“Where was the lamb at the Last Supper –
a roasted lamb”? Part 2***
Reviewing briefly my first post “Where was the lamb at the Last Supper – a roasted lamb”? In none of the gospel narratives is a Passover lamb (animal) mentioned during the Last Supper. Why? No Jewish Passover would have been a REAL Passover unless a REAL Passover lamb was eaten. If the protestant view is correct, and all the apostles ate was apiece of bread, then the Passover was invalid – again, bread is not lamb. If no real lamb was eaten that Thursday night, the Passover, as was just stated, would have been invalid and in violation of the requirements of Exodus 12: 14, 17, and 24. So again, if the apostles only ate a piece of bread, that means they did not eat a lamb, and therefore the Passover was invalid. Now obviously our Lord would not partaken in an invalid Passover! So the only conclusion we can draw is that Christ meant what He said – “This is my body” – He didn’t say “This isn’t my body”, and the apostles ate a real lamb – Christ. Paul confirms this in 1 Corinthians 5:7 where he states: “Christ is our Paschal Lamb who has been sacrificed…” So Jesus is the new Passover Lamb for all time, which means the bread and wine at the last supper were truly changed when Christ said the words of consecration, and the apostles, therefore, did not eat a symbol, they ate the REAL Passover Lamb – Jesus.
Paul again confirms the above events a second time in 1 Corinthians 10:16, where he says: “The cup of blessing that we bless, is it not a participation in the blood of Christ? The bread that we break, is it not a partaking of the body of Christ?”
A third time Paul confirms the literal meaning of Christ words. In 1 Corinthians 11:23-29, He repeats our Lords words and then adds a stern warning against receiving the Eucharist unworthily - reception by a non-believer, or by a person who is in a state of serious sin. He says: “For I have received from the Lord that which also I delivered unto you, that the Lord Jesus, the same night in which he was betrayed, took bread, and giving thanks, broke, and said: Take ye, and eat: This is my body, which shall be delivered for you. Do this in remembrance of me. In like manner also the chalice, after he had supped, saying: This chalice is the New Testament in my blood: do this as often as you shall drink, for the commemoration of me. For as often as you shall eat this bread, and drink the chalice, you shall show the death of the Lord, until he comes. Therefore whosoever shall eat this bread, or drink the chalice of the Lord unworthily, shall be guilty of the body and blood of the Lord * *. But let a man prove himself: and so let him eat of that bread, and drink of the chalice. For he who eats and drinks unworthily, eats and drinks judgment to himself, not discerning the body of the Lord”.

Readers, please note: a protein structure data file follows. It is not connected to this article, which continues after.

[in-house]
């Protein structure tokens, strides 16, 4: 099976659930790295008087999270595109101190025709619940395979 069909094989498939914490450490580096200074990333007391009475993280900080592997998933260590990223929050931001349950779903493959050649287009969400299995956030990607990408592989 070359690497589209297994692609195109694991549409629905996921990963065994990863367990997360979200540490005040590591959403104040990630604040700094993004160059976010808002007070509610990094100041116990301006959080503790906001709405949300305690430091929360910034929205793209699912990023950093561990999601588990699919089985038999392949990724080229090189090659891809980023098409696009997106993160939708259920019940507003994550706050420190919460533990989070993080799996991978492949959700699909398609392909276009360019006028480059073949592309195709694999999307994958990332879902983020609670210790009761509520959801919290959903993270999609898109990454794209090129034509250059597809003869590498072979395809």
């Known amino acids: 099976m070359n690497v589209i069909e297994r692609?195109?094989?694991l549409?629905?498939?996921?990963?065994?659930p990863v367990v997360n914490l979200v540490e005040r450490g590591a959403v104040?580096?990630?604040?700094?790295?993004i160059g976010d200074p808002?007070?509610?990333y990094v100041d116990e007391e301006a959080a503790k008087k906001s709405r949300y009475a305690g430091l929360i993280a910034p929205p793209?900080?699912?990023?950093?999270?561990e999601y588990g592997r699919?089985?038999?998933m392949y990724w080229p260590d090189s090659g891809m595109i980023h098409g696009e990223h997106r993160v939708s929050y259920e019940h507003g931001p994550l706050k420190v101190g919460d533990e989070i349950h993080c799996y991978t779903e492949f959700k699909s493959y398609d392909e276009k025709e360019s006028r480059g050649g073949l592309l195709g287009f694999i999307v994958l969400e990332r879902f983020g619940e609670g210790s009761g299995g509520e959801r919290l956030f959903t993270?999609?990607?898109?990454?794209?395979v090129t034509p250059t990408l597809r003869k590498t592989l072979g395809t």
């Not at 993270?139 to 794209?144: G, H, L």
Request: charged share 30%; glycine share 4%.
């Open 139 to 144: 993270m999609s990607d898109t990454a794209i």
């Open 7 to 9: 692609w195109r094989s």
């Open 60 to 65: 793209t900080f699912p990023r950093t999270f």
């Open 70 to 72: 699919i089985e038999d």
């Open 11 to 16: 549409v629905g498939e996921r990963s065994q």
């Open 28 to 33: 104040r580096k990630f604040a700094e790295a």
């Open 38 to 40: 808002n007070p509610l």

“guilty of the body and blood of the Lord” – guilty of the murder of Christ.
Paul’s warning against receiving communion unworthily (reception by a non-believer, or by a person in the state of serious sin) is very significant here, because it proves that the Eucharist is truly the Body of Christ. If that were not the case and the Eucharist is just a piece of ordinary bread, just a symbol as Protestants claim, how then could someone be “guilty of the body and blood of the Lord” just for eating a piece of bread, eating a symbol? If the Eucharist is just a symbol, it wouldn’t matter what state a person’s soul was in, or what the person believes. If it is only a symbol, then Paul’s statement here is pointless and has no meaning. Obviously, scripture is not pointless, so the only way his statement has any meaning is if the Eucharist is truly the Body of Christ. Paul’s warning here also ties in with John 20: 19-23. So, repeating the question again, how can someone be guilty of the murder of Christ just by eating a piece of bread? They can’t.
Consider this idea. If Christ says, “This is My Body”, shouldn’t we take the Lord at his word? Both Luther and Calvin did – they believed in the Real Presence. Of far greater importance is the fact that the apostles, and all the early Church Fathers taught that the Eucharist is the real Body of Christ. I will quote just one here - St. Cyril of Jerusalem, who was Bishop of Jerusalem in the years 348-378 A.D.
“Therefore with fullest assurance let us partake as of the Body and Blood of Christ: for in the figure of Bread is given to thee His Body, and in the figure of Wine His Blood; that thou by partaking of the Body and Blood of Christ, might be made of the same body and the same blood with Him. For thus we come to bear Christ in us, because His Body and Blood are diffused through our members; thus it is that, according to the blessed Peter, (we become partaker of the divine nature.)” [2 Peter 1:4] – Catechetical Lectures [22 (Mystagogic 4), 3]
"Contemplate therefore the Bread and Wine not as bare elements, for they are, according to the Lord’s declaration, the Body and Blood of Christ; for though sense suggests this to thee, let faith establish thee. Judge not the matter from taste, but from faith, be fully assured without misgiving, that thou hast been given the Body and Blood of Christ”. – ”Catechetical
Lectures [22 (Mystagogic 4), 6]
And this has been the consistent teaching of the Catholic Church for 2,000 years. So what is the implication of the above discourse? Simply this: Christ wishes all people to belong to His Church, the Catholic Church, which He founded. It is only in the Catholic Church that we have the fullness of Christ’s teachings, and are able to fulfill the requirements of John 6: 53-56, and 1 Cor. 5: 7-8, which, basically are one and the same. In John 6: 53-56 Christ sets fourth His final and most important requirement for salvation – the “what” that we must do. At the last supper, He shows us how the “what” is to become a reality.